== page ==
Basic Website Maintenance


We here at website-help-blog.com perform regular website maintenance on the websites we manage, and so wanted to explain what that means, because it is important. Website maintenance means different things to different customers, but generally speaking it includes the tasks below (not ordered by importance because they are all important). Yes, there are other things to do, but these are the basic ones – I’ll post more as I think of them.

  1. Check for broken links. Both visitors to your website and the search engines too hate broken links. You link to another website, or to some great news article, etc, and the very next week the other website takes the article down, or moves the file. Doh!  There are tools available that will check your site for broken links – and one of the best I’ve found is Xenu’s Links Slueth. Easy to install, very quick, and produces a nice report at the end so you can fix them later.
  2. Spell check the website. This should be automatic when the content is placed on a webpage, but it is amazing as to how often misspelled words work their way into a website.  And like I tell my customers, it is never my fault – I just cut and pasted the text they sent me (smile). Lots of spell checker tools out there on the web.
  3. Freshening the website content. There is some controversy regarding this point, whether anyone cares that you have a website where nothing ever changes – or whether it is better to have new content inserted routinely. Some swear that it helps you in achieving higher search engine results – but then, I keep noticing that there are many websites out there that have been static for years and they are ranked very high. There is no dispute that blogs tend to get higher rankings from Google, probably because they get regular fresh content. Anyways, to “freshen” the site means updating the website content and / or the meta tags as often as once a week.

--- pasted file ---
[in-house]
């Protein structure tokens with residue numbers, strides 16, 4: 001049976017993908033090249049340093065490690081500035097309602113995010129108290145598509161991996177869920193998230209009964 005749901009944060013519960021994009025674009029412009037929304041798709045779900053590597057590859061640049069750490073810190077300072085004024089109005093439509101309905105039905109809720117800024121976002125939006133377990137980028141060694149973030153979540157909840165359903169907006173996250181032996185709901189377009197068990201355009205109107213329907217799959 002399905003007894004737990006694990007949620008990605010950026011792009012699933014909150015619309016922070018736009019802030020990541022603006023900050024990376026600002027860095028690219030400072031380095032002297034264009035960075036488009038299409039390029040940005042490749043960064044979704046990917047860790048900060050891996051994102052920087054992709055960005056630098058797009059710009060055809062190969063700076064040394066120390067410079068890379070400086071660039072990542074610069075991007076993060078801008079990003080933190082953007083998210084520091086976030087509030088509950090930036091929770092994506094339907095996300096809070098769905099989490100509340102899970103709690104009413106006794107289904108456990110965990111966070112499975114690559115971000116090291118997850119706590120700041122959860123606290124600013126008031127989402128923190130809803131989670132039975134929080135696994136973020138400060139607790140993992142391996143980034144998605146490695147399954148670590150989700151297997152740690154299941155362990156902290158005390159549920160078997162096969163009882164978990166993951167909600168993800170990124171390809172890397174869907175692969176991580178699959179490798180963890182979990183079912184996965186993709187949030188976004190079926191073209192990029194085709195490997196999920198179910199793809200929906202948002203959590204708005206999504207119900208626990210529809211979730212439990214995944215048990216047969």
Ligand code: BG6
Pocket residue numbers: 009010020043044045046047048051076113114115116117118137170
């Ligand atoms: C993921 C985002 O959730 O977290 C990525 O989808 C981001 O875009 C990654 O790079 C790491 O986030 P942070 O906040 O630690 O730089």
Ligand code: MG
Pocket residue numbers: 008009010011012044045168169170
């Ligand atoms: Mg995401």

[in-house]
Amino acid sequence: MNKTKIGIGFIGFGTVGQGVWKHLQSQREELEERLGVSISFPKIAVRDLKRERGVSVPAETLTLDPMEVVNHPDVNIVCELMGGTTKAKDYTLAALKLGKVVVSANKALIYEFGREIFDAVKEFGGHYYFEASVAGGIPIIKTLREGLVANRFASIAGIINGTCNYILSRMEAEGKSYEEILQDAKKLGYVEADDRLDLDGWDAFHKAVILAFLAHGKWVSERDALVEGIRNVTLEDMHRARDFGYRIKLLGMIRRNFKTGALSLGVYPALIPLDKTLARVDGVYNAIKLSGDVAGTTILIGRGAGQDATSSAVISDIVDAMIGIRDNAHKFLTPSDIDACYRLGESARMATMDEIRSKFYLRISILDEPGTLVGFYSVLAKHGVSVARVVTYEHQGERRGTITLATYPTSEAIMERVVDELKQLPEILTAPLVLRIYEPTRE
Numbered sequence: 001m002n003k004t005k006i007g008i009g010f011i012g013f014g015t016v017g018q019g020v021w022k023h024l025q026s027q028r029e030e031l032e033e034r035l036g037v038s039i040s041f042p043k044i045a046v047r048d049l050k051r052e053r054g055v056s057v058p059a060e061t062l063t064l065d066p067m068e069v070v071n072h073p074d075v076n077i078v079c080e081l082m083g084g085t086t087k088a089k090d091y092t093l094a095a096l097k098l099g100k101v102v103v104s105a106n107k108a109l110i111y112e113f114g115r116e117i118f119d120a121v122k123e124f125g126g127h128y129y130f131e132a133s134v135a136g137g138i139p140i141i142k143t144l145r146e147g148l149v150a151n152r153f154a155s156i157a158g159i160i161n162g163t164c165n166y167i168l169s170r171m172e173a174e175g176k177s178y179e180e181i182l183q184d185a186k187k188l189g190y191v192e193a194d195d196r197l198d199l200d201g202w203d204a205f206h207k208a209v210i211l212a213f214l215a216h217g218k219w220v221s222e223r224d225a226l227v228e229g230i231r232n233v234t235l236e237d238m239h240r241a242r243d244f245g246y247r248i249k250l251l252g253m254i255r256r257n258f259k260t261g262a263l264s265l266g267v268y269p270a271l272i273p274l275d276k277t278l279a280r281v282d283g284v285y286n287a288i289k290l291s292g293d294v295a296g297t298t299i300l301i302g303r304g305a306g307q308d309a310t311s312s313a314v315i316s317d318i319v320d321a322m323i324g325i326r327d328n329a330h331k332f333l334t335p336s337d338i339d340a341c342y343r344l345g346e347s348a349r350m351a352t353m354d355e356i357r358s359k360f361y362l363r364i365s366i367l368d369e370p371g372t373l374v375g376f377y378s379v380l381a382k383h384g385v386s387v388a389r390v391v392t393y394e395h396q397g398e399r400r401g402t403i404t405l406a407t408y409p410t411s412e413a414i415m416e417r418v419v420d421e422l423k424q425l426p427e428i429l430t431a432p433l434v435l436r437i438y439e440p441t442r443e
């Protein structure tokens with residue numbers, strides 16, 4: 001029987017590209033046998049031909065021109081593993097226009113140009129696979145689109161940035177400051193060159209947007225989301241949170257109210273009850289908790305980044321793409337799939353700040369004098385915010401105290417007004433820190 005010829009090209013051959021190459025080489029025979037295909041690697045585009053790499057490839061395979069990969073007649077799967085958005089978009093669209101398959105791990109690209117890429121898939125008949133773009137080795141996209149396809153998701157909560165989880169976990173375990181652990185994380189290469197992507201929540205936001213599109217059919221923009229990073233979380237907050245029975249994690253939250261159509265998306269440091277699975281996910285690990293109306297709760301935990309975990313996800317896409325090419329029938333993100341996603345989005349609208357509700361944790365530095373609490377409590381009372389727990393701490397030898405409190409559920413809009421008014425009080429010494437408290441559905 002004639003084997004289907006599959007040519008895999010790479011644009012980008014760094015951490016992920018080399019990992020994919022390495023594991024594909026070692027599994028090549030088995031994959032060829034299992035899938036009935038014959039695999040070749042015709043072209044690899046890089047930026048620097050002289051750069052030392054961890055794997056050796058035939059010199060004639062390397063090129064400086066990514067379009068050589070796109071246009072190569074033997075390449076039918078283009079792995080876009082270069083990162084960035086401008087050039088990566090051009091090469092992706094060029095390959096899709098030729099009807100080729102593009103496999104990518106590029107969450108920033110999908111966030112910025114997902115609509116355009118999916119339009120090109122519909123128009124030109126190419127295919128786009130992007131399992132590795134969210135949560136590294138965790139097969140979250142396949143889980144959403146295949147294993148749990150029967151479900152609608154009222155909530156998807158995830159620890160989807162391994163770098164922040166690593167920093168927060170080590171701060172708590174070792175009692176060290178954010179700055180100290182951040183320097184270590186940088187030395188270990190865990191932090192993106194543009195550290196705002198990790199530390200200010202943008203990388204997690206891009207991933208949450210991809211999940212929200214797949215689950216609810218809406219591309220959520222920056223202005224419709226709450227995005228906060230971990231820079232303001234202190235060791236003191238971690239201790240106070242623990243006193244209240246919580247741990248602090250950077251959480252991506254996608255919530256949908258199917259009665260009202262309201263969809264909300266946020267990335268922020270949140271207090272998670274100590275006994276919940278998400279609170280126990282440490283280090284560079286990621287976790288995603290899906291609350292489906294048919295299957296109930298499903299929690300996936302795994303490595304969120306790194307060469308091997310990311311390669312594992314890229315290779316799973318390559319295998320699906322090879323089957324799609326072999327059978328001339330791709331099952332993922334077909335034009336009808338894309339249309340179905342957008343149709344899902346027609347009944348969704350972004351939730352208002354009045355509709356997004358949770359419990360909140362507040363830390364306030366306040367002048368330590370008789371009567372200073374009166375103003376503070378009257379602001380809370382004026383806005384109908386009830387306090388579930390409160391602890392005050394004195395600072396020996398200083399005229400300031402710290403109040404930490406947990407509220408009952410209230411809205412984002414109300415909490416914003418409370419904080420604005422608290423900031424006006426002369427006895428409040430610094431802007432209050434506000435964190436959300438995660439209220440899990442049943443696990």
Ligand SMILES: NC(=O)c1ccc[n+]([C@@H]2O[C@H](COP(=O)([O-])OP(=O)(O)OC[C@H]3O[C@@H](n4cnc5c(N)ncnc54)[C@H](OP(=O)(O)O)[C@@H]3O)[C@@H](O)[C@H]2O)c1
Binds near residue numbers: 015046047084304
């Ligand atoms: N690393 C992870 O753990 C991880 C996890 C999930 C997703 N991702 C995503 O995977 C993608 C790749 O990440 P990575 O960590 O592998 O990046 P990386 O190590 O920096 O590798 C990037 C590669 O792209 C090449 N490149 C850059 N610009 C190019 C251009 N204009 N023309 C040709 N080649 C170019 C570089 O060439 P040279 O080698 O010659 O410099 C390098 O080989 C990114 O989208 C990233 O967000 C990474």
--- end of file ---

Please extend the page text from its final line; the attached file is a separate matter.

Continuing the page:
4. Backup the website. Personally I wouldn’t count on your host provider to do this step, even though many of them nowadays will do it automatically for you. Just download and zip the web files right off the server, or the ones on your PC if you have the originals. Don’t forget to backup any database files, as usually those are more important.
  5. Check your site in Google Webmaster Tools. This is free to join and will tell you lots of information about your website, and most important, any problems that Google sees with it. I especially like that it tells you of any ‘files not found’ – those pages you moved or deleted on your website that is causing 404 errors to now occur, because someone else is still linking to the missing page. To fix this, you either replace / redirect the content on your site, or politely ask the other website to update their link.
  6. Do a ‘site quality check’. There are lots of free tools out there that will help you maintain your website. One of my favorites is WebCEO, which is a free download, and that does a quality check on your site producing a nice report at the end. Another is iBP, though you have to subscribe to their service.
  7. Review your website statistics. How come? You should know if your website traffic is going up or down. You should know what web pages of your site are being looked at, and which ones aren’t. You should know what your conversion rate is, whether it is going up or down since last month. Etc.  You can review your web logs and find out some of this info (contact your web host for access), you can place Google Analytics on your site, or you can purchase a professional service like the one I provide.
  8. Update your sitemap files. This will assist Google in getting any new web pages indexed. Google looks for a file named sitemap.xml on every website it visits, while Yahoo looks for a file named urllist.txt.

There is lots more you can do to keep your website running smooth, and these eight tasks here will get you well along the way.

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